Creating Clear Cyberspace with Chinese Disposition: Yu Dan

January 18, 2016
Editor: Mable Wang

Famous scholar Yu Dan shares her views with People's Daily website on China's Internet disposition. [People's Daily website]

The Second World Internet Conference (WIC) was ceremoniously opened in the water town of Wuzhen, Jiaxing City in east China's Zhejiang Province on December 16, 2015.

Chinese President Xi Jinping attended the summit and delivered a keynote speech in which he pointed out that information technology represented by the Internet is constantly changing, leading to new reforms to social production, creating a new space for people's lives, expanding a new arena for state governance, and greatly enhancing people's understanding of the world.

"Our goal is to make the development of the Internet benefit the 1.3 billion Chinese people and, in turn, further benefit people all over the world, " he said.

As one of the greatest inventions of the 20th century, the Internet has turned the world into a "global village" and the international community into a community with a common future. The four principles to advance global Internet governance system reforms and five proposals to construct a community with a common future in cyberspace put forward by Xi will help the international community to cope with the unbalanced development, unreasonable order, and unsound rules in the Internet realm, as well as promote the integration between the Internet and social economy.

During an interview with the People's Daily website, China's famous scholar Yu Dan, Professor at Beijing Normal University, shared her views on Xi's address, new inspirations brought about by her stay in the scenic water town, and China's Internet disposition.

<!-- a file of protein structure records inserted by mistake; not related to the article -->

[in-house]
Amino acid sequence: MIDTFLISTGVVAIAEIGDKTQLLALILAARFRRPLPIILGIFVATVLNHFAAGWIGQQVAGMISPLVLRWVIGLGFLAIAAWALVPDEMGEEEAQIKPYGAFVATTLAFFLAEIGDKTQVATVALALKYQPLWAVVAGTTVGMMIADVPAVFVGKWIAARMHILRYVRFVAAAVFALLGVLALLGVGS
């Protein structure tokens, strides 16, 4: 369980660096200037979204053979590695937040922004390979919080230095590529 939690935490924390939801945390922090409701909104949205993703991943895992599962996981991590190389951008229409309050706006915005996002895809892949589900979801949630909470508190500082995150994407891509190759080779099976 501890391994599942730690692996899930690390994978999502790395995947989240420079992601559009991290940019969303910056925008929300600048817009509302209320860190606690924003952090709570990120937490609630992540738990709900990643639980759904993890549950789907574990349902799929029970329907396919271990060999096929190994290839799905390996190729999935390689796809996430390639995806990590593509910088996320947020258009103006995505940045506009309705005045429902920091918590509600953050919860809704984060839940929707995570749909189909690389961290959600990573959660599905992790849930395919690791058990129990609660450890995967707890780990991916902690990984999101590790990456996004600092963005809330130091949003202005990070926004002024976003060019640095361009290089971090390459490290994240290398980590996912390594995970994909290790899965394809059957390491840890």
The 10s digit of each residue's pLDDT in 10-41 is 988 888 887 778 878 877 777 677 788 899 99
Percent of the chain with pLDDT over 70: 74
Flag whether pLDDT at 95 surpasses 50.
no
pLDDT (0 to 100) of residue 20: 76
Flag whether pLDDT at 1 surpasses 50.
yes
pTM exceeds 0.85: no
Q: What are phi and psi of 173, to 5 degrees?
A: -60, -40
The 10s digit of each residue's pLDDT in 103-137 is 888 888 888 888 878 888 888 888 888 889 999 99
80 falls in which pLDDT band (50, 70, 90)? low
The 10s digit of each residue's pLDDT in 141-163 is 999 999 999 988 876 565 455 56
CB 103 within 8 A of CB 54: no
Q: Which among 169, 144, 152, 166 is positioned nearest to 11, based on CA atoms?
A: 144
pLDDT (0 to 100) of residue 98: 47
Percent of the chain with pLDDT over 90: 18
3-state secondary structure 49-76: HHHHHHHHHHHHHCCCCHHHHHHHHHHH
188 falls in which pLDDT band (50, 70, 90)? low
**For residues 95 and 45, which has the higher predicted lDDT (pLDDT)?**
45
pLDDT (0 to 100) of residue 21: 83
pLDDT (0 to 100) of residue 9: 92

People's Daily: What's your view on President Xi Jinping's speech?

Yu: Xi's speech has released plenty of fresh information. At the first WIC, I thought that the Internet was merely a technology-related platform belonging to science majors. It seemed like a remote, vast world to me. However, the four cardinal principles and five specific proposals by Xi actually help close the distance between the Internet, culture, and comprehensive governance, as well as people's lifestyles.

Xi gives priority to Internet sovereignty, which means that sovereignty has crept from physical spaces like territorial air space and waters into a virtual space, such as the Internet. I'm really into the topic of this year's WIC because it tells us how to share and govern cyberspace in an era of interconnection. The Internet has brought humans together in a community with a common future.

In addition, collaboration was another buzzword during the conference. From economic to cultural cooperation, collaborative development in the international community has reached a new high.

I attached special importance to Xi's second proposal, that is, taking the Internet as the best platform for cultural exchanges. At present, every corner in the world is a potential news spot and every citizen is a news publisher and discourse leader. Central discourse power has been seeing fading influence and the international community is no longer dominated by a unified civilization. Diversification calls for every civilization to manifest its own traits.

In ancient times, Chinese culture proposed seeking harmony without uniformity, that's why people claim oriental civilization might demonstrate its role in the 21st century amid a myriad of clashes of civilizations.